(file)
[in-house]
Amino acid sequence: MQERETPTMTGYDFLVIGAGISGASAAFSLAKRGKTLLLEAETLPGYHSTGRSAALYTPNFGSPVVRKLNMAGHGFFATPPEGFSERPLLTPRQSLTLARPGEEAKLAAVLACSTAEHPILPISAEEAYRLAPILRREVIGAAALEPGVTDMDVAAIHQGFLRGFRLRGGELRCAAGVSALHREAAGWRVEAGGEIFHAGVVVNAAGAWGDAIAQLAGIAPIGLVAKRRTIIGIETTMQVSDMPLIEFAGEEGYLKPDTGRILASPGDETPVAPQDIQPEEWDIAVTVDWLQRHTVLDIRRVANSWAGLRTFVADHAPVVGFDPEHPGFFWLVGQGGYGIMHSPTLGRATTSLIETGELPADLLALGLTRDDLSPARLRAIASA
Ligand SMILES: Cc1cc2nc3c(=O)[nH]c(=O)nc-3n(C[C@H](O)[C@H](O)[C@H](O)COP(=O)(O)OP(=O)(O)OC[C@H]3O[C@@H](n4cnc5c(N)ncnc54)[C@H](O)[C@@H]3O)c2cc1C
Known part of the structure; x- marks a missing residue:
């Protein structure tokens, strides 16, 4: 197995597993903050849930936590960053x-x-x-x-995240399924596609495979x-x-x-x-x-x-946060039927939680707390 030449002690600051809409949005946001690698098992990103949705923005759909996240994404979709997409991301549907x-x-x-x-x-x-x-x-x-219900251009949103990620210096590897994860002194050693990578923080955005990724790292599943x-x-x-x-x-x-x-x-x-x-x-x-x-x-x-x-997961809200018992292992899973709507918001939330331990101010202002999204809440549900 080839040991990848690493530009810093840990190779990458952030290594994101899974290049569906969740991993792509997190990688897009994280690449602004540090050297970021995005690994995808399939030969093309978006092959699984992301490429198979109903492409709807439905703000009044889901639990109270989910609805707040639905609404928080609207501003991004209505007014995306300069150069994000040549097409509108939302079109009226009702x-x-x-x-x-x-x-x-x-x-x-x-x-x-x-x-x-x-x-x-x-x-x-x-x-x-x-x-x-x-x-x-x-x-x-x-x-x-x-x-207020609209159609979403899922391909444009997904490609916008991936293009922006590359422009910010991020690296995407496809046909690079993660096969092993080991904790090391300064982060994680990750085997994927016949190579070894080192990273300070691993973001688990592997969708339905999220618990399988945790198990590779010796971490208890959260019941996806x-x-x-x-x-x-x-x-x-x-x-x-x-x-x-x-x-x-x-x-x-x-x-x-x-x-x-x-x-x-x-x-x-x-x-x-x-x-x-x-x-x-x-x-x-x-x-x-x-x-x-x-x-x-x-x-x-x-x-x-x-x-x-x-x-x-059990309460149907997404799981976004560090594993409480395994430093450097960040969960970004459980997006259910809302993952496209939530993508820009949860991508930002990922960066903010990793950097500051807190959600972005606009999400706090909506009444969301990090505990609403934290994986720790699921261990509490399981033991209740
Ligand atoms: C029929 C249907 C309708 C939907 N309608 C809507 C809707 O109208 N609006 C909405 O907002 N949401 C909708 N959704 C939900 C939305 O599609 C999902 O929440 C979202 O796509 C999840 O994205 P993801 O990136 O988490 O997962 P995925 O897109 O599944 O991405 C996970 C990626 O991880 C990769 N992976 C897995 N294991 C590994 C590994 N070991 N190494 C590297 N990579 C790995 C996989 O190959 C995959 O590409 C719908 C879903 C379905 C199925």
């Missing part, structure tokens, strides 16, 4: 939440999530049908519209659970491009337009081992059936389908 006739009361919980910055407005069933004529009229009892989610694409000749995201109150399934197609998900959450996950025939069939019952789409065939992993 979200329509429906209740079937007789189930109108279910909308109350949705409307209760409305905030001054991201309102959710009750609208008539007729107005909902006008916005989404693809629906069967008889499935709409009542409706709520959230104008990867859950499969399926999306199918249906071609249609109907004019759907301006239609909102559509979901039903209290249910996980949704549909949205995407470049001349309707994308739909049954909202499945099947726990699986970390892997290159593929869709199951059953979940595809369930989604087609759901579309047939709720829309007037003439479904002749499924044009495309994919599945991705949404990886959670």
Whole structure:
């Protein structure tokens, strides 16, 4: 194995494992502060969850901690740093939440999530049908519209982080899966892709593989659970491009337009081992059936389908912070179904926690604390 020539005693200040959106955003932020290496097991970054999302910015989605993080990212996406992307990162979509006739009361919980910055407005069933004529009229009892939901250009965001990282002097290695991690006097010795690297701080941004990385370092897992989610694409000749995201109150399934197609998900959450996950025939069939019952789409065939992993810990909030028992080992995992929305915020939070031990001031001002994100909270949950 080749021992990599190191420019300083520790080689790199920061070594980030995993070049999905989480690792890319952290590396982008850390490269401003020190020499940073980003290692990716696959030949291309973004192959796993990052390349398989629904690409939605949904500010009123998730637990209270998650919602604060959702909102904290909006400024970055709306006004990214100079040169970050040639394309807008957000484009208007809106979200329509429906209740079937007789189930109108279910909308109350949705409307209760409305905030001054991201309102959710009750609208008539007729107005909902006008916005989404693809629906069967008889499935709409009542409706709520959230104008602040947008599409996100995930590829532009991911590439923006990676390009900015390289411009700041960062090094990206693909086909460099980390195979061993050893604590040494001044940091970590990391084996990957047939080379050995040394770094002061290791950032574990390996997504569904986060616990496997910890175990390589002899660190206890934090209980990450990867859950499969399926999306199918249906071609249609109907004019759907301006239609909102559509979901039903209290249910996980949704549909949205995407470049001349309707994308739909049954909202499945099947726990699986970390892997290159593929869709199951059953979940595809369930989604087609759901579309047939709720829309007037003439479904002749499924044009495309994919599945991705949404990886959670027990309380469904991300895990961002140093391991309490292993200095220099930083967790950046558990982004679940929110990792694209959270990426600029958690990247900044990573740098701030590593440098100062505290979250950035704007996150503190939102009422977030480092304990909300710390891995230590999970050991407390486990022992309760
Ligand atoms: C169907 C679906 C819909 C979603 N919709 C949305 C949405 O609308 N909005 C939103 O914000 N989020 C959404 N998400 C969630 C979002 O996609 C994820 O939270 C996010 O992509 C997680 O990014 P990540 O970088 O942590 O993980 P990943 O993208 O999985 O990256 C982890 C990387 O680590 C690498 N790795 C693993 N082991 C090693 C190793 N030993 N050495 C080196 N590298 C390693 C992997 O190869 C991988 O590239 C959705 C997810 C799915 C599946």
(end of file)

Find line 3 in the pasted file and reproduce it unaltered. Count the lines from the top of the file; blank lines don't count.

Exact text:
Ligand SMILES: Cc1cc2nc3c(=O)[nH]c(=O)nc-3n(C[C@H](O)[C@H](O)[C@H](O)COP(=O)(O)OP(=O)(O)OC[C@H]3O[C@@H](n4cnc5c(N)ncnc54)[C@H](O)[C@@H]3O)c2cc1C